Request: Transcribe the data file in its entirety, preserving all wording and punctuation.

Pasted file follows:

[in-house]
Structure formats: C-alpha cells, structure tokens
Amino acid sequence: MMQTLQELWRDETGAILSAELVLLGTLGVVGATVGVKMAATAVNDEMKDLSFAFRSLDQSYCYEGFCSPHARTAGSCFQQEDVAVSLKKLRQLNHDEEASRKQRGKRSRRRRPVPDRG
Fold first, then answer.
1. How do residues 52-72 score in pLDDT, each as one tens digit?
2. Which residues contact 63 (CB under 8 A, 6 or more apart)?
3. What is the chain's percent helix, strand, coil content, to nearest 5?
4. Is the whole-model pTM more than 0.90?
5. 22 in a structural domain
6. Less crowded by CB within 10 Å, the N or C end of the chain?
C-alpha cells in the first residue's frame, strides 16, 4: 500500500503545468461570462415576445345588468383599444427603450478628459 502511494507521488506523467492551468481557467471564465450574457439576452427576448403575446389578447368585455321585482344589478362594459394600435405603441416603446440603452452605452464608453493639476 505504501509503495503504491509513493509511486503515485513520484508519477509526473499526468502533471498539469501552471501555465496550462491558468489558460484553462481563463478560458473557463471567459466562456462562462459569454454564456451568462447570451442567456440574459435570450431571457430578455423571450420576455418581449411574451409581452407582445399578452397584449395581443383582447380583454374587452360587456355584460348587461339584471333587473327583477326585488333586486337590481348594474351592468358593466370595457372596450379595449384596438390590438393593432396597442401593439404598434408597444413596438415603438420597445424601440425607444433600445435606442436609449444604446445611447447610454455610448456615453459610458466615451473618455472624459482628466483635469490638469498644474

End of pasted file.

[in-house]
Structure formats: C-alpha cells, structure tokens
Amino acid sequence: MMQTLQELWRDETGAILSAELVLLGTLGVVGATVGVKMAATAVNDEMKDLSFAFRSLDQSYCYEGFCSPHARTAGSCFQQEDVAVSLKKLRQLNHDEEASRKQRGKRSRRRRPVPDRG
Fold first, then answer.
1. How do residues 52-72 score in pLDDT, each as one tens digit?
2. Which residues contact 63 (CB under 8 A, 6 or more apart)?
3. What is the chain's percent helix, strand, coil content, to nearest 5?
4. Is the whole-model pTM more than 0.90?
5. 22 in a structural domain
6. Less crowded by CB within 10 Å, the N or C end of the chain?
C-alpha cells in the first residue's frame, strides 16, 4: 500500500503545468461570462415576445345588468383599444427603450478628459 502511494507521488506523467492551468481557467471564465450574457439576452427576448403575446389578447368585455321585482344589478362594459394600435405603441416603446440603452452605452464608453493639476 505504501509503495503504491509513493509511486503515485513520484508519477509526473499526468502533471498539469501552471501555465496550462491558468489558460484553462481563463478560458473557463471567459466562456462562462459569454454564456451568462447570451442567456440574459435570450431571457430578455423571450420576455418581449411574451409581452407582445399578452397584449395581443383582447380583454374587452360587456355584460348587461339584471333587473327583477326585488333586486337590481348594474351592468358593466370595457372596450379595449384596438390590438393593432396597442401593439404598434408597444413596438415603438420597445424601440425607444433600445435606442436609449444604446445611447447610454455610448456615453459610458466615451473618455472624459482628466483635469490638469498644474